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Leibniz formula for π

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In mathematics, the Leibniz formula for π, named after Gottfried Wilhelm Leibniz, states that

an alternating series.

It is sometimes called the Madhava–Leibniz series as it was first discovered by the Indian mathematician Madhava of Sangamagrama or his followers in the 14th–15th century (see Madhava series),[1] and was later independently rediscovered by James Gregory in 1671 and Leibniz in 1673.[2] The Taylor series for the inverse tangent function, often called Gregory's series, is

The Leibniz formula is the special case [3]

It also is the Dirichlet L-series of the non-principal Dirichlet character of modulus 4 evaluated at and therefore the value β(1) of the Dirichlet beta function.


Proof 1[edit]

Considering only the integral in the last term, we have:

Therefore, by the squeeze theorem, as n → ∞, we are left with the Leibniz series:

Proof 2[edit]

Let , when , the series converges uniformly, then

Therefore, if approaches so that it is continuous and converges uniformly, the proof is complete, where, the series to be converges by the Leibniz's test, and also, approaches from within the Stolz angle, so from Abel's theorem this is correct.


Comparison of the convergence of the Leibniz formula () and several historical infinite series for π. Sn is the approximation after taking n terms. Each subsequent subplot magnifies the shaded area horizontally by 10 times. (click for detail)

Leibniz's formula converges extremely slowly: it exhibits sublinear convergence. Calculating π to 10 correct decimal places using direct summation of the series requires precisely five billion terms because 4/2k + 1 < 10−10 for k > 2 × 10101/2 (one needs to apply Calabrese error bound). To get 4 correct decimal places (error of 0.00005) one needs 5000 terms.[4] Even better than Calabrese or Johnsonbaugh error bounds are available.[5]

However, the Leibniz formula can be used to calculate π to high precision (hundreds of digits or more) using various convergence acceleration techniques. For example, the Shanks transformation, Euler transform or Van Wijngaarden transformation, which are general methods for alternating series, can be applied effectively to the partial sums of the Leibniz series. Further, combining terms pairwise gives the non-alternating series

which can be evaluated to high precision from a small number of terms using Richardson extrapolation or the Euler–Maclaurin formula. This series can also be transformed into an integral by means of the Abel–Plana formula and evaluated using techniques for numerical integration.

Unusual behaviour[edit]

If the series is truncated at the right time, the decimal expansion of the approximation will agree with that of π for many more digits, except for isolated digits or digit groups. For example, taking five million terms yields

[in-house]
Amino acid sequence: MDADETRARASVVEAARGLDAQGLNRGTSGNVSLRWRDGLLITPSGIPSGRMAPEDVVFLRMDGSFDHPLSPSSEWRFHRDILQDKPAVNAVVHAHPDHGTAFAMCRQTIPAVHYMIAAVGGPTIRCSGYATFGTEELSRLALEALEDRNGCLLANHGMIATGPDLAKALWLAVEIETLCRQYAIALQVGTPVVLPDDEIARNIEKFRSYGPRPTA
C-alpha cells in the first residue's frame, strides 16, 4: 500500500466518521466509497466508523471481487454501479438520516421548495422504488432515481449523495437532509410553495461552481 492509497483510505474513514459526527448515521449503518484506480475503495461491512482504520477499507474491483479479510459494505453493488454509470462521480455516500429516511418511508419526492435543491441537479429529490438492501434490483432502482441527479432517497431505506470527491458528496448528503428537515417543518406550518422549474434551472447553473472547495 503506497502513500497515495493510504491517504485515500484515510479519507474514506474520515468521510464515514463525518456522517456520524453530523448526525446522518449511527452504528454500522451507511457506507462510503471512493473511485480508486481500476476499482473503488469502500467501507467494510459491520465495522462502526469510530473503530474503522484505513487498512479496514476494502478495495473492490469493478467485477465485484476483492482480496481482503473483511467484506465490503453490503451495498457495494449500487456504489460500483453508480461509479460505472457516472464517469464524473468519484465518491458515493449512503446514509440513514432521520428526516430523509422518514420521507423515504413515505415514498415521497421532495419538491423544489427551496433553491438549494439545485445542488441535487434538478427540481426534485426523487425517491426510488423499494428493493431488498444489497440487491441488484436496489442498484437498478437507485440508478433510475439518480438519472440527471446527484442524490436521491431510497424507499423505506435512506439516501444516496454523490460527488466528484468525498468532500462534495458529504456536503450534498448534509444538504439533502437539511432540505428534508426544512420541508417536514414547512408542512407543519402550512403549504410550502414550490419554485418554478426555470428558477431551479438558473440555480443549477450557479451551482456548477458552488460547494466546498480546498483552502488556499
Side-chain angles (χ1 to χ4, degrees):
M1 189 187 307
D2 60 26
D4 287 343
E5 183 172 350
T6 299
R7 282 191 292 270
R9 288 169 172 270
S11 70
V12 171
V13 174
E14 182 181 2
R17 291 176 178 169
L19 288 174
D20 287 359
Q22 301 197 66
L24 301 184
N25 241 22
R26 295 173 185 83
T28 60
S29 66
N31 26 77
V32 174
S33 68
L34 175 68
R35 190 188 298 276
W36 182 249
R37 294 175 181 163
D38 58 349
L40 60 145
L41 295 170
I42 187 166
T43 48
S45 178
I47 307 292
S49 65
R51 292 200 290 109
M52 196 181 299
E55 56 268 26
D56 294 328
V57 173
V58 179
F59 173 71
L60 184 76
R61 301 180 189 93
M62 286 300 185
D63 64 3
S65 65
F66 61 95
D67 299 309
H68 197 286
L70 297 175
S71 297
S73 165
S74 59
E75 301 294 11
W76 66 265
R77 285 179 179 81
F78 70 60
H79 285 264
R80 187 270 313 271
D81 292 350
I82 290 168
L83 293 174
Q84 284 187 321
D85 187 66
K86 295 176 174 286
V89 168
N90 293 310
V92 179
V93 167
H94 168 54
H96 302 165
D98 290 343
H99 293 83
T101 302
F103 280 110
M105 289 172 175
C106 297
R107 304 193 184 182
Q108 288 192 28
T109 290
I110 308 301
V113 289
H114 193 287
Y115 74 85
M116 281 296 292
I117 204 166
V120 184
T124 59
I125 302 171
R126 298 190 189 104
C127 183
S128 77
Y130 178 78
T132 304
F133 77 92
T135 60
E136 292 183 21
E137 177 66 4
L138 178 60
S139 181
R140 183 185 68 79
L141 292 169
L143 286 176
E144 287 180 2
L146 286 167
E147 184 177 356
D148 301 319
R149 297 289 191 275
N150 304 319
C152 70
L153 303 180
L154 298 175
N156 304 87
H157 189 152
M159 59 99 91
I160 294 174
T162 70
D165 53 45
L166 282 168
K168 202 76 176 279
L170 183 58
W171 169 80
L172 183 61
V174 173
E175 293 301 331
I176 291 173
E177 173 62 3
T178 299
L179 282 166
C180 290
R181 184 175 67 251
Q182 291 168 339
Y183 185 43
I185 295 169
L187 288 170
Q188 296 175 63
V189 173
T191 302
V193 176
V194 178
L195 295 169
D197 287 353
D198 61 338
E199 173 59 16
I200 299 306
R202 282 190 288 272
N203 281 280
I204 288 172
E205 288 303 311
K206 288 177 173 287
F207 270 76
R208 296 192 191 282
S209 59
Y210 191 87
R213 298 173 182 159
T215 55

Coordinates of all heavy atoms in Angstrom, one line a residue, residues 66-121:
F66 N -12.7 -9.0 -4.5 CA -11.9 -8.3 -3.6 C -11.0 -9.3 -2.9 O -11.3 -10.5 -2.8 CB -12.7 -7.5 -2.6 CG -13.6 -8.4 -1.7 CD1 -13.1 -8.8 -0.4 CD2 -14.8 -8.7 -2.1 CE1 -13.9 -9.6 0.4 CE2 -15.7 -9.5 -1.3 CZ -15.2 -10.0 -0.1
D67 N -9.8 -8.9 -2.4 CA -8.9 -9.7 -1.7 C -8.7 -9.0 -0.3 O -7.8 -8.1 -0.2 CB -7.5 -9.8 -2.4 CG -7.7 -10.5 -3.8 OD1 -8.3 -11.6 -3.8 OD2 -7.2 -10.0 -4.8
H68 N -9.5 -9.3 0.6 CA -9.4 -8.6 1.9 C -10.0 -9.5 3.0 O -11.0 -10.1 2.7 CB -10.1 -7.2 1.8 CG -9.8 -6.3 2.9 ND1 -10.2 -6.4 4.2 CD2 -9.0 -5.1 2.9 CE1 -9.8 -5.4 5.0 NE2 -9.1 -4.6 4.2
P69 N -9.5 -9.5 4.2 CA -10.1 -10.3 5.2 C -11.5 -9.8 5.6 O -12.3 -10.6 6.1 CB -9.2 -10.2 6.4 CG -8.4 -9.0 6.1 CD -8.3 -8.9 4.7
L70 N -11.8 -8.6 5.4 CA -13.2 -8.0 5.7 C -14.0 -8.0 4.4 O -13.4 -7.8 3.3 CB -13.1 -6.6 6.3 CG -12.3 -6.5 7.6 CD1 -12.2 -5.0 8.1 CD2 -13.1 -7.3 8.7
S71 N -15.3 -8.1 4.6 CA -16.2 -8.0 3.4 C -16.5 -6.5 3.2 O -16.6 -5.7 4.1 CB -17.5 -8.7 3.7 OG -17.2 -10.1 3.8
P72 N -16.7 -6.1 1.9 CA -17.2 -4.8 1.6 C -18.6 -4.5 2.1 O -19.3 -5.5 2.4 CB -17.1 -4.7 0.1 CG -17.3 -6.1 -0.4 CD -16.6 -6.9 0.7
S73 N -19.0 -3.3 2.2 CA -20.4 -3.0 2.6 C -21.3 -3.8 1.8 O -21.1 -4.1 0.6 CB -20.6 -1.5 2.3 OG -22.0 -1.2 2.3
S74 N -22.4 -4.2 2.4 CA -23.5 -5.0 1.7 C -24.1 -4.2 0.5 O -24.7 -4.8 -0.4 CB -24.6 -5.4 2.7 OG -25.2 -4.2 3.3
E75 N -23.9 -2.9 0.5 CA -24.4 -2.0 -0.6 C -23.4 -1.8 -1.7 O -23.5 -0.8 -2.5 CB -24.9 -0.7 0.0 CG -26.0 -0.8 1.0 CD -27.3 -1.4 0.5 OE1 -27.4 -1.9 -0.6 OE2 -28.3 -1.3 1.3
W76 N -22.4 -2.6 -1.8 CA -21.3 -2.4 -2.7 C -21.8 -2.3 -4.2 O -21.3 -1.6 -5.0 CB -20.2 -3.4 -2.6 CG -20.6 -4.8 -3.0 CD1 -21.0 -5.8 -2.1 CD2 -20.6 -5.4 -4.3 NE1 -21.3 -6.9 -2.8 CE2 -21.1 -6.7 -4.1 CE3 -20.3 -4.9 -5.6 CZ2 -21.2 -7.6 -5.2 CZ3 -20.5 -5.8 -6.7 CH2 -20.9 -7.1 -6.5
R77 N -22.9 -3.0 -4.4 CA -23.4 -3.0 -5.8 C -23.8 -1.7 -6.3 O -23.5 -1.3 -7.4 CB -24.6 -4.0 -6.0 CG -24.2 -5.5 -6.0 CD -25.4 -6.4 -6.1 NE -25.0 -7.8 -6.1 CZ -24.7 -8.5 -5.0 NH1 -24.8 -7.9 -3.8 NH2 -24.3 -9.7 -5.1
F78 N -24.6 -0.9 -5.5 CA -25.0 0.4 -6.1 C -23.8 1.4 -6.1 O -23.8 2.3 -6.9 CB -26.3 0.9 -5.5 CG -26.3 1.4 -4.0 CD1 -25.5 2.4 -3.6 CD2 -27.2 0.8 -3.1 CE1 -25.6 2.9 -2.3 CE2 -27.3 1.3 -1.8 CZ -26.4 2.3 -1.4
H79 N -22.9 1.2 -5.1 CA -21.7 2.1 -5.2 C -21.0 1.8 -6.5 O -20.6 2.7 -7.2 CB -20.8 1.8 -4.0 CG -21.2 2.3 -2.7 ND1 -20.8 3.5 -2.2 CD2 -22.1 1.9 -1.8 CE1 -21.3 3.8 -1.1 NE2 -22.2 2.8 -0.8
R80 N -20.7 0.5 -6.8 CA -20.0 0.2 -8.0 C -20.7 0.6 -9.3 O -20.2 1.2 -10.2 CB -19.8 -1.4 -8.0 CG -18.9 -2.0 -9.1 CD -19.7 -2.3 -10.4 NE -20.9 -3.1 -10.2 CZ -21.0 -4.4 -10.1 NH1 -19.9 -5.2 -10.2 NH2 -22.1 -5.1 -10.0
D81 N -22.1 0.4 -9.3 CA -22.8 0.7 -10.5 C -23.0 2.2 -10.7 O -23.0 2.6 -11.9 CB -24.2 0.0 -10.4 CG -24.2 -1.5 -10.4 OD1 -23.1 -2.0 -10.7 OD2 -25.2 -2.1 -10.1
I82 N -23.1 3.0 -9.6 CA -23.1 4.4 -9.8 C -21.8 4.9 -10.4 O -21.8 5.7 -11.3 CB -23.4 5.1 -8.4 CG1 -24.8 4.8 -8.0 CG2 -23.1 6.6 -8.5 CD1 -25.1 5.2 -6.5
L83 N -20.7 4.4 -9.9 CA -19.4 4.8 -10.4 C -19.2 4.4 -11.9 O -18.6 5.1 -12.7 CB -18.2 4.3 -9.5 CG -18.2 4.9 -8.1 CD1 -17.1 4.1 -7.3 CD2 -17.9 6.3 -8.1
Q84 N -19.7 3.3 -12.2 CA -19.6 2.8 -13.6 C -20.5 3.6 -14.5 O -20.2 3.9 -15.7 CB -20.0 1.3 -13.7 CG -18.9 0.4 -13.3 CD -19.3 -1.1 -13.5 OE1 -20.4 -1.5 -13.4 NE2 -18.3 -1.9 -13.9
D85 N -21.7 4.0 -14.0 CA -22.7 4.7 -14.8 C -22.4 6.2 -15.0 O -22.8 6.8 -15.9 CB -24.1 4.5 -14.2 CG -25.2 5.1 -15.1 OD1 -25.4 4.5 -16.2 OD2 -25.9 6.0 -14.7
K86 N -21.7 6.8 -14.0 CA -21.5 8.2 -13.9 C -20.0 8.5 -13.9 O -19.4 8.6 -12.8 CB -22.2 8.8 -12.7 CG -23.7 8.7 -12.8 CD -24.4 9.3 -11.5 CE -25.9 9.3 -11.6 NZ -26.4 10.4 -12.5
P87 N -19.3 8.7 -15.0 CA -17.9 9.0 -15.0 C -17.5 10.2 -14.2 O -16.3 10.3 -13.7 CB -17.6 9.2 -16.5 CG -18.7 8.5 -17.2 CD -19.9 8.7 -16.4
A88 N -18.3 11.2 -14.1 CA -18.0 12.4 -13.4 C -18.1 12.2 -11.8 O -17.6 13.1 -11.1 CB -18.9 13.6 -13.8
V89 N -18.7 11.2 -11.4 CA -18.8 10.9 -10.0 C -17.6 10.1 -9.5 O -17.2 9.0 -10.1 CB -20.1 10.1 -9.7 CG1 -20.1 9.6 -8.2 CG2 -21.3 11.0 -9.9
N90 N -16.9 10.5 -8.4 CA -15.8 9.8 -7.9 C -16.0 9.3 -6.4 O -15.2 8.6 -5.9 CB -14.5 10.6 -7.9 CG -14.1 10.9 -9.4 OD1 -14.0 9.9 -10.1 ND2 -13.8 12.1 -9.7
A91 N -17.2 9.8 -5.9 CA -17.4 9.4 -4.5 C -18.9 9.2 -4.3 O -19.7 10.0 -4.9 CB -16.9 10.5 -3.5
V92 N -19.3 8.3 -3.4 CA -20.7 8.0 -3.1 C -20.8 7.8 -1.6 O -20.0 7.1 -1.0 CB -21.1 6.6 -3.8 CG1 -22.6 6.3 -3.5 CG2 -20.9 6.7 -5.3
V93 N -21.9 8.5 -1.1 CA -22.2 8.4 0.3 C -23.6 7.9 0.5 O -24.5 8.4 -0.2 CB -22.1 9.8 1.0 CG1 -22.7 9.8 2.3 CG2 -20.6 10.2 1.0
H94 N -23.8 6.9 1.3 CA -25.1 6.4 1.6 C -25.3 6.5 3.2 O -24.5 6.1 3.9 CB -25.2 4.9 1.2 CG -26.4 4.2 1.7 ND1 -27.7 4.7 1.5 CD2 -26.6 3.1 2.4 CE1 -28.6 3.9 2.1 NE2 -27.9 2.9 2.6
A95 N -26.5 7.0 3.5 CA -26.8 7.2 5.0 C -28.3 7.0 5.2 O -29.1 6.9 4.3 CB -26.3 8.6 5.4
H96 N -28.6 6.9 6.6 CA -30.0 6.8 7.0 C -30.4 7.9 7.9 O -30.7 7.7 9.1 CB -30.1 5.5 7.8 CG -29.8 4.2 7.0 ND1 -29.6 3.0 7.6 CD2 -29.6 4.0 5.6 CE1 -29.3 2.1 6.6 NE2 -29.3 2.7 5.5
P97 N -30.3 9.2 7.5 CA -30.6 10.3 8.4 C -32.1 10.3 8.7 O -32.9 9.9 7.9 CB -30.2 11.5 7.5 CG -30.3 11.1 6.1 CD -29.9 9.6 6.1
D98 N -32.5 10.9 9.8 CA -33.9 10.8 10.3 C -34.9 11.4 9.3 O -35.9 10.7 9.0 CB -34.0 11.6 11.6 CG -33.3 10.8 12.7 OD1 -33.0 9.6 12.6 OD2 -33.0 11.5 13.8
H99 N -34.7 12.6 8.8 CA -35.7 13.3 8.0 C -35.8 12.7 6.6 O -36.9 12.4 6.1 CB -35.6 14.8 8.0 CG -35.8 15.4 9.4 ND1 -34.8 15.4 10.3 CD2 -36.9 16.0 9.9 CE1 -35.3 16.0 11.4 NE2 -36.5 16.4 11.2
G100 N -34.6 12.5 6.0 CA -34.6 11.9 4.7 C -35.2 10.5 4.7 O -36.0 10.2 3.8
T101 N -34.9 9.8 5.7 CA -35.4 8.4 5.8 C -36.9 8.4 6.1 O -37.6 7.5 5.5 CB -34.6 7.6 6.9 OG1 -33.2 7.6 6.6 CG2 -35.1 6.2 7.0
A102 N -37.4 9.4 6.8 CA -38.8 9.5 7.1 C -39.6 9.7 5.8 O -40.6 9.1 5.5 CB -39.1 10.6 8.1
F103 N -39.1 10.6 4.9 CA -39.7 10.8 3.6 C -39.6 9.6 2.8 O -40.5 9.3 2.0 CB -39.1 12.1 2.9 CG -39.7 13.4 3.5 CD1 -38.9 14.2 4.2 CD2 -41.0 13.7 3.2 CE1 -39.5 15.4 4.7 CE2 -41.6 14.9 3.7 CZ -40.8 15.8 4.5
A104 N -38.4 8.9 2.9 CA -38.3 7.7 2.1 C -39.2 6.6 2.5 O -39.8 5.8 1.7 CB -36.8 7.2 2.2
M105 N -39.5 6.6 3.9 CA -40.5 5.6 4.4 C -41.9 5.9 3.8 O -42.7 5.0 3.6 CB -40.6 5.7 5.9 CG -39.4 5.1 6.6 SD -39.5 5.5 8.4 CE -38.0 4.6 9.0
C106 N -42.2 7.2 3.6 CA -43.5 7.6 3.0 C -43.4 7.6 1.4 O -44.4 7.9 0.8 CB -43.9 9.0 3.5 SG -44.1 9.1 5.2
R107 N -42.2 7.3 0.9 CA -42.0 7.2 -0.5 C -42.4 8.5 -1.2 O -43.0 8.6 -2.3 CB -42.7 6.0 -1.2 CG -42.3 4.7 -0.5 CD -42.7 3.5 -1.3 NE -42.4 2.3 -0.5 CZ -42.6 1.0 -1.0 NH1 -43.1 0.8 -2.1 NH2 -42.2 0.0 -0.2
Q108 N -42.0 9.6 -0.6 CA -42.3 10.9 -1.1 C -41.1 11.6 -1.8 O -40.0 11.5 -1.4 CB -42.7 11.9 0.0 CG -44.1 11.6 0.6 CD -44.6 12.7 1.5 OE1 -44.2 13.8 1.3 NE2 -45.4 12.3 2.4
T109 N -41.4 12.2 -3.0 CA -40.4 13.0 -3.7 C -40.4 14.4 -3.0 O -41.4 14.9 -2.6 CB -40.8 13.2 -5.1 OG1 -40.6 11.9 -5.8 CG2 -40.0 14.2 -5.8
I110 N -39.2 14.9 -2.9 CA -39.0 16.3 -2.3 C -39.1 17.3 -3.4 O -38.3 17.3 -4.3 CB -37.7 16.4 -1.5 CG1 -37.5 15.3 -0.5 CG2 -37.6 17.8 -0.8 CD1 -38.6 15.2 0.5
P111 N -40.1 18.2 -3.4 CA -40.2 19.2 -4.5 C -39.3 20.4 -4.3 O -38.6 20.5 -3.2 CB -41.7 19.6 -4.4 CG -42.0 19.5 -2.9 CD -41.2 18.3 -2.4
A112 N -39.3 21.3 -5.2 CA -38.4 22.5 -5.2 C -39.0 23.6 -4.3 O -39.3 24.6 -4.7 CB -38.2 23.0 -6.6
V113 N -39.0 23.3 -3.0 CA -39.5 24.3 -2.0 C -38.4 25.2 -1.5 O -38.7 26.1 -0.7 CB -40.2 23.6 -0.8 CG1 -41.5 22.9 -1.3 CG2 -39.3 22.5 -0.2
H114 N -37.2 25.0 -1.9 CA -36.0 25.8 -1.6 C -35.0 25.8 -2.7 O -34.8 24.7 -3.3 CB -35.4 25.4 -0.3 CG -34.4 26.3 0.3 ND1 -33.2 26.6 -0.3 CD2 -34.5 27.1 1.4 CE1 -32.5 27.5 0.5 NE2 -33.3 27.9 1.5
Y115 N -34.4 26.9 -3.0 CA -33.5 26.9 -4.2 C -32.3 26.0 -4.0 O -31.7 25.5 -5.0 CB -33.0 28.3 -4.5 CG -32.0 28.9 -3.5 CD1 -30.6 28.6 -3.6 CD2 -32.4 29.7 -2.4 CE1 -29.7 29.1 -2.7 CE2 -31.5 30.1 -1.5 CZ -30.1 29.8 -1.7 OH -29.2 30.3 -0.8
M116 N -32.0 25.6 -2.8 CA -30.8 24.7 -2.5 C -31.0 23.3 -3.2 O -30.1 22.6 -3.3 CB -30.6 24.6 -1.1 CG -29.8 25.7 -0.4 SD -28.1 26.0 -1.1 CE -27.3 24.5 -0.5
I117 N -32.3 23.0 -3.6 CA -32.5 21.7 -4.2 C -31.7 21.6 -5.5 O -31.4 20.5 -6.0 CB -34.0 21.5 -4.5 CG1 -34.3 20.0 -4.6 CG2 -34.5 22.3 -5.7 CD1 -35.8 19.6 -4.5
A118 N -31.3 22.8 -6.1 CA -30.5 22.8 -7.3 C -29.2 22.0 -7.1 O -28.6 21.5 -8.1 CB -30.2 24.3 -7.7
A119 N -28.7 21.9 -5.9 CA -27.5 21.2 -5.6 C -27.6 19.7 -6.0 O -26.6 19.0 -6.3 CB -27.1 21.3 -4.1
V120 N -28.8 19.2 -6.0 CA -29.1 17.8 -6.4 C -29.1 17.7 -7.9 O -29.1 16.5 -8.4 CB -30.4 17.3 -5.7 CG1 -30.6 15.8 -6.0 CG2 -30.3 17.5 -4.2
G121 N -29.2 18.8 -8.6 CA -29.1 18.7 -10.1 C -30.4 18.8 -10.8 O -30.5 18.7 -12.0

where the underlined digits are wrong. The errors can in fact be predicted; they are generated by the Euler numbers En according to the asymptotic formula

where N is an integer divisible by 4. If N is chosen to be a power of ten, each term in the right sum becomes a finite decimal fraction. The formula is a special case of the Euler–Boole summation formula for alternating series, providing yet another example of a convergence acceleration technique that can be applied to the Leibniz series. In 1992, Jonathan Borwein and Mark Limber used the first thousand Euler numbers to calculate π to 5,263 decimal places with the Leibniz formula.[6]

Euler product[edit]

The Leibniz formula can be interpreted as a Dirichlet series using the unique non-principal Dirichlet character modulo 4. As with other Dirichlet series, this allows the infinite sum to be converted to an infinite product with one term for each prime number. Such a product is called an Euler product. It is:

In this product, each term is a superparticular ratio, each numerator is an odd prime number, and each denominator is the nearest multiple of 4 to the numerator.[7]

See also[edit]


  1. ^ Plofker, Kim (November 2012), "Tantrasaṅgraha of Nīlakaṇṭha Somayājī by K. Ramasubramanian and M. S. Sriram", The Mathematical Intelligencer, 35 (1): 86–88, doi:10.1007/s00283-012-9344-6, S2CID 124507583
  2. ^ Roy, Ranjan (1990). "The Discovery of the Series Formula for π by Leibniz, Gregory and Nilakantha" (PDF). Mathematics Magazine. 63 (5): 291–306. doi:10.1080/0025570X.1990.11977541.
    Horvath, Miklos (1983). "On the Leibnizian quadrature of the circle" (PDF). Annales Universitatis Scientiarum Budapestiensis (Sectio Computatorica). 4: 75–83.
  3. ^ Andrews, George E.; Askey, Richard; Roy, Ranjan (1999), Special Functions, Cambridge University Press, p. 58, ISBN 0-521-78988-5
  4. ^ Villarino, Mark B. (2018-04-21). "The Error in an Alternating Series". The American Mathematical Monthly. 125 (4): 360–364. doi:10.1080/00029890.2017.1416875. hdl:10669/75532. ISSN 0002-9890. S2CID 56124579.
  5. ^ Rattaggi, Diego (2018-08-30). "Error estimates for the Gregory-Leibniz series and the alternating harmonic series using Dalzell integrals". arXiv:1809.00998 [math.CA].
  6. ^ Borwein, Jonathan; Bailey, David; Girgensohn, Roland (2004), "1.8.1: Gregory's Series Reexamined", Experimentation in mathematics: Computational paths to discovery, A K Peters, pp. 28–30, ISBN 1-56881-136-5, MR 2051473
  7. ^ Debnath, Lokenath (2010), The Legacy of Leonhard Euler: A Tricentennial Tribute, World Scientific, p. 214, ISBN 9781848165267.

External links[edit]